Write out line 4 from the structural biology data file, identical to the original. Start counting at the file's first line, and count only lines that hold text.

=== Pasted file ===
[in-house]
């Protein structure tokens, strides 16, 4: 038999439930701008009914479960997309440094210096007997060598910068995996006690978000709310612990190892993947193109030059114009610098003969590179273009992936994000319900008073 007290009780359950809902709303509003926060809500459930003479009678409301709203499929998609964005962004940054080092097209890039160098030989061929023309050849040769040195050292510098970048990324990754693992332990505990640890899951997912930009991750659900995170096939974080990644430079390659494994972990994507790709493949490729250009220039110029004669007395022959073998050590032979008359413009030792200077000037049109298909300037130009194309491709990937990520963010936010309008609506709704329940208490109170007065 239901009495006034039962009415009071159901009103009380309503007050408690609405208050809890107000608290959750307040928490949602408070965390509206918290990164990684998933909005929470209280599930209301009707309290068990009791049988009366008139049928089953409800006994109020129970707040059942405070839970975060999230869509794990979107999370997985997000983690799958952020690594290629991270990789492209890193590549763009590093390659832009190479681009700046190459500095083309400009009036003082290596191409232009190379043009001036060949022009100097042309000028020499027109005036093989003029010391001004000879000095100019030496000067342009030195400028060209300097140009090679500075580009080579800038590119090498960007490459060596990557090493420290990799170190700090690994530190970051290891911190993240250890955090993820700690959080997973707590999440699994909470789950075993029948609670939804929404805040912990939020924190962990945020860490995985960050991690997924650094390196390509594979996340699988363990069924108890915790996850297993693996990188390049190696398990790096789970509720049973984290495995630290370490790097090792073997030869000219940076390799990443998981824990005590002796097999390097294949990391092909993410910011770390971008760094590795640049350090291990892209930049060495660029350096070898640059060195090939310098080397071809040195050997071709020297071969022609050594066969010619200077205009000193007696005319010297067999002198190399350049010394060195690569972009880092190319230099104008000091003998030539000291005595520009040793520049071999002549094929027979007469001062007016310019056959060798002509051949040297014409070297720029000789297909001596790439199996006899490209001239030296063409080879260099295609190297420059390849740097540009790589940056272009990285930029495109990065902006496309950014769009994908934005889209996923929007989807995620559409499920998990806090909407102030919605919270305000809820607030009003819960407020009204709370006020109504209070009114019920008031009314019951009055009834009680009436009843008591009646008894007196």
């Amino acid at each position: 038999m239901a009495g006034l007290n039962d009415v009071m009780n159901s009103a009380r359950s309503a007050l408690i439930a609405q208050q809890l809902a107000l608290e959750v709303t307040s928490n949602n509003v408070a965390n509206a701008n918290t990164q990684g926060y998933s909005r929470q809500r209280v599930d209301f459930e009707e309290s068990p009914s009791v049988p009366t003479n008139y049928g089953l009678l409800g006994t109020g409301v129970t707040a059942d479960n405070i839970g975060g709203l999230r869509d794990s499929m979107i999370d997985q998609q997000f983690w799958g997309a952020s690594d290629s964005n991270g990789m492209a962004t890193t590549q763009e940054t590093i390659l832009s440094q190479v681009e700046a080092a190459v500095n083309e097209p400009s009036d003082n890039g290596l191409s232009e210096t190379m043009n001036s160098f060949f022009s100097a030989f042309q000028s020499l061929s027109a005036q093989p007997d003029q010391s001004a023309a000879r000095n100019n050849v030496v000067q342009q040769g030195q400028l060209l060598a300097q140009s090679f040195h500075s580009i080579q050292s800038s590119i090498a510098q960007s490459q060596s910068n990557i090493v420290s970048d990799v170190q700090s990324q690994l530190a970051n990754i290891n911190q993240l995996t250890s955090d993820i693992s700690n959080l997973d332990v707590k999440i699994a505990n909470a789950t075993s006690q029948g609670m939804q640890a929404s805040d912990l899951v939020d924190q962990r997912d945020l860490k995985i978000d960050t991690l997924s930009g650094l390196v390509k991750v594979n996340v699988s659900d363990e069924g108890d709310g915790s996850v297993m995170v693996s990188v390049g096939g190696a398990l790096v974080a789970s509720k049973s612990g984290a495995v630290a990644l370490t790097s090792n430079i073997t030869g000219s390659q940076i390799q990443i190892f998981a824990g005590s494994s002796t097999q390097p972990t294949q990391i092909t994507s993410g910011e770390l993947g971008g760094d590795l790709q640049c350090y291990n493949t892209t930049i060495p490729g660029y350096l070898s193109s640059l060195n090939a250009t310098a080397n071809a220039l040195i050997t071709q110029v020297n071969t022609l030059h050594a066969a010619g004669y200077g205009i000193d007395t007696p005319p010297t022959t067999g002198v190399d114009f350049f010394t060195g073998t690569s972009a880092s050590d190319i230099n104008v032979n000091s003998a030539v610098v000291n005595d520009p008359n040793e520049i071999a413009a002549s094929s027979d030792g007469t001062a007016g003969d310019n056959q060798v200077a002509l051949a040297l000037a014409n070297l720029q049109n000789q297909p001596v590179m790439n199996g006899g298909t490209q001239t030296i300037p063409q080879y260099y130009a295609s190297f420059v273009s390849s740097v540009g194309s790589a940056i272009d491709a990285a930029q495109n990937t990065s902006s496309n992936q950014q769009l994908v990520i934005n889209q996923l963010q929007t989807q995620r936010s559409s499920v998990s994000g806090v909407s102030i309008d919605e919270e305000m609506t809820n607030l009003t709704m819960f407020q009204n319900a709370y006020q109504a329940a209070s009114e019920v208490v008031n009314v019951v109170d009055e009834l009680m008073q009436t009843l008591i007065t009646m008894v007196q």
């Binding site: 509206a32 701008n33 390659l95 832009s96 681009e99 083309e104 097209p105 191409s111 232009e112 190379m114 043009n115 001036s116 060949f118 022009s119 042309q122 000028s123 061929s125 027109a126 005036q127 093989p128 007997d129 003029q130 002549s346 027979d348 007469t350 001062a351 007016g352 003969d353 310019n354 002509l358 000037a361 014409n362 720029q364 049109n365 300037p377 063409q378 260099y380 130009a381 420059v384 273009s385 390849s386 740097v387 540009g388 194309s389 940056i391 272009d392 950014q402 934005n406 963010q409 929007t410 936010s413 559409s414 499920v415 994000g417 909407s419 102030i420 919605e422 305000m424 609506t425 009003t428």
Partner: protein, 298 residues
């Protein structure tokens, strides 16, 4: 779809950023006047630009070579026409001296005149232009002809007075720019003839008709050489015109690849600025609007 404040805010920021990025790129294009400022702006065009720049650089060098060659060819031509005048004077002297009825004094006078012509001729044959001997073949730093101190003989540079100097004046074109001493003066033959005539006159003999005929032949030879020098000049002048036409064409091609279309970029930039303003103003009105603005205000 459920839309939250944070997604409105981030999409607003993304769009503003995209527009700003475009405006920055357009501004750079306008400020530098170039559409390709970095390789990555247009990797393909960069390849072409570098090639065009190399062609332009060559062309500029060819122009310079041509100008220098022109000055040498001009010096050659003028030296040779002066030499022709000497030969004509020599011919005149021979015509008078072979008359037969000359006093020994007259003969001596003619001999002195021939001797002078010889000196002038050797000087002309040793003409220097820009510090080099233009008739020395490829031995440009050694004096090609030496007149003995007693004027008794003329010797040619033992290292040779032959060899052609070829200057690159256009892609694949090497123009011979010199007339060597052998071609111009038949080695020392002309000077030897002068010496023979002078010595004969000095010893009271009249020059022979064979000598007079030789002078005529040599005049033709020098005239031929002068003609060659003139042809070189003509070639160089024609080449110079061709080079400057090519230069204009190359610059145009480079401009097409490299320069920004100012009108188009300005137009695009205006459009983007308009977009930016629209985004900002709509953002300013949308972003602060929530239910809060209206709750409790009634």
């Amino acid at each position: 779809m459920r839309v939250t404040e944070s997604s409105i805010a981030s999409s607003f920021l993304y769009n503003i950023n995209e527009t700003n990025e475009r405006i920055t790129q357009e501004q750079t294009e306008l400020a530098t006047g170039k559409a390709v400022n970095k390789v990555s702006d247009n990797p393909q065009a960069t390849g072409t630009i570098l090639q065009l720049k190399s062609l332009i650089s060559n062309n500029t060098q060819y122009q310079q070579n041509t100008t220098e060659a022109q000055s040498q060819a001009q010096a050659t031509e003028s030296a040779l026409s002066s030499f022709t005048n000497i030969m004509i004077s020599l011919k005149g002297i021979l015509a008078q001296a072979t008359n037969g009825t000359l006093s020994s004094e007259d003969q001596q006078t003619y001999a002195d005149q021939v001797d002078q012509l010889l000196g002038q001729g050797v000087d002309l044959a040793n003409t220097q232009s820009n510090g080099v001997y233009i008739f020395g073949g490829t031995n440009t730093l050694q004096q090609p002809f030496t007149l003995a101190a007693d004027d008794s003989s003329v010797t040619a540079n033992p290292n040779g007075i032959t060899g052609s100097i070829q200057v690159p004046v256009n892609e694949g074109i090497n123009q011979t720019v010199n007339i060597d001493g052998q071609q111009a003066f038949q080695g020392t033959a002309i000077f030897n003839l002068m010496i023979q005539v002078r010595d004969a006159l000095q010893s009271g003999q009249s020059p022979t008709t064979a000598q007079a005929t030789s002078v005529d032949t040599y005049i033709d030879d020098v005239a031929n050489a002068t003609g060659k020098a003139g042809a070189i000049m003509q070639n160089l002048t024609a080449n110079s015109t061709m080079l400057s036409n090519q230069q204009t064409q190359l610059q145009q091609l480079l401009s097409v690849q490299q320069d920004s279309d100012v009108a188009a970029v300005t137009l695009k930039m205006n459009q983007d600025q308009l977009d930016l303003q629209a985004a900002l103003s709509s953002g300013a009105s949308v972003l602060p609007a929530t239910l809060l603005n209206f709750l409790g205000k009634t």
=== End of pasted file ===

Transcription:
């Binding site: 509206a32 701008n33 390659l95 832009s96 681009e99 083309e104 097209p105 191409s111 232009e112 190379m114 043009n115 001036s116 060949f118 022009s119 042309q122 000028s123 061929s125 027109a126 005036q127 093989p128 007997d129 003029q130 002549s346 027979d348 007469t350 001062a351 007016g352 003969d353 310019n354 002509l358 000037a361 014409n362 720029q364 049109n365 300037p377 063409q378 260099y380 130009a381 420059v384 273009s385 390849s386 740097v387 540009g388 194309s389 940056i391 272009d392 950014q402 934005n406 963010q409 929007t410 936010s413 559409s414 499920v415 994000g417 909407s419 102030i420 919605e422 305000m424 609506t425 009003t428």